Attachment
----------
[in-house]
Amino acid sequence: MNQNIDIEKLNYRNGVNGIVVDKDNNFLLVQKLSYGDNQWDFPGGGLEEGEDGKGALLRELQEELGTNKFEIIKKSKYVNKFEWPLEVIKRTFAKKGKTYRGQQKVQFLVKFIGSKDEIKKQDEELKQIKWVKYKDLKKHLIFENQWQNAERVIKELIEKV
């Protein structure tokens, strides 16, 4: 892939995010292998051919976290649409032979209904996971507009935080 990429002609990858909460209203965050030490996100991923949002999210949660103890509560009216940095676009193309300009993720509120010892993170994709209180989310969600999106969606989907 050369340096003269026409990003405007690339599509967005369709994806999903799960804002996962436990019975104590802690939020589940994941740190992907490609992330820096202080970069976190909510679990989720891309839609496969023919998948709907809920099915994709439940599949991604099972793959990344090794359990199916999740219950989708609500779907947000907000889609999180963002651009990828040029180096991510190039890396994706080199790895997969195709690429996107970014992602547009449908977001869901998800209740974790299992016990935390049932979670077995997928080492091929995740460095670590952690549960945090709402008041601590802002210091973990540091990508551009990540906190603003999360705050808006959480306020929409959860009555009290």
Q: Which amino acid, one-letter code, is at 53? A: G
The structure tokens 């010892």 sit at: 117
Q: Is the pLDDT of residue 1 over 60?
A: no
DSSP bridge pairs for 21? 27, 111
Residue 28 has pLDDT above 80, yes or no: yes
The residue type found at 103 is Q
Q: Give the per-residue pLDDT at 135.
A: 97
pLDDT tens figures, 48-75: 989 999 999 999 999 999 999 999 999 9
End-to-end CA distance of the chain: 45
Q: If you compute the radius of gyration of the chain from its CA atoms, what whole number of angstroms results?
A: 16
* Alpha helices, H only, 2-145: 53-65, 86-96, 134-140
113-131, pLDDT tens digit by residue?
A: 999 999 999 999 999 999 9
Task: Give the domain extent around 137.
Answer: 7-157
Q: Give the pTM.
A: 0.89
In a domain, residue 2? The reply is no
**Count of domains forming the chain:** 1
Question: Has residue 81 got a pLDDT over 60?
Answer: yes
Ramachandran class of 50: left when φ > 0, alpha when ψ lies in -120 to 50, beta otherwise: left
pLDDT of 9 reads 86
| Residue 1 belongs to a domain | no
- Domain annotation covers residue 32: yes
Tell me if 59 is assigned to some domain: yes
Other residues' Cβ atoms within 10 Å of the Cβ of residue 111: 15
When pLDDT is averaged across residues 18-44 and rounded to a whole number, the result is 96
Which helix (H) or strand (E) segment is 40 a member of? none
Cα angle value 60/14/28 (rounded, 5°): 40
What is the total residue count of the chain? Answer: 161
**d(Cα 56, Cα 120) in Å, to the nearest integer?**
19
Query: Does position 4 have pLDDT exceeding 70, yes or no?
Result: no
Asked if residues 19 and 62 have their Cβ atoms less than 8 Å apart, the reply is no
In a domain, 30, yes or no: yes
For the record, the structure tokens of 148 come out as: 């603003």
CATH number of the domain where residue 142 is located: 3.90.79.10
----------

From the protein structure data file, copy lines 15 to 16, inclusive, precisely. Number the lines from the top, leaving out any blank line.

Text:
Q: If you compute the radius of gyration of the chain from its CA atoms, what whole number of angstroms results?
A: 16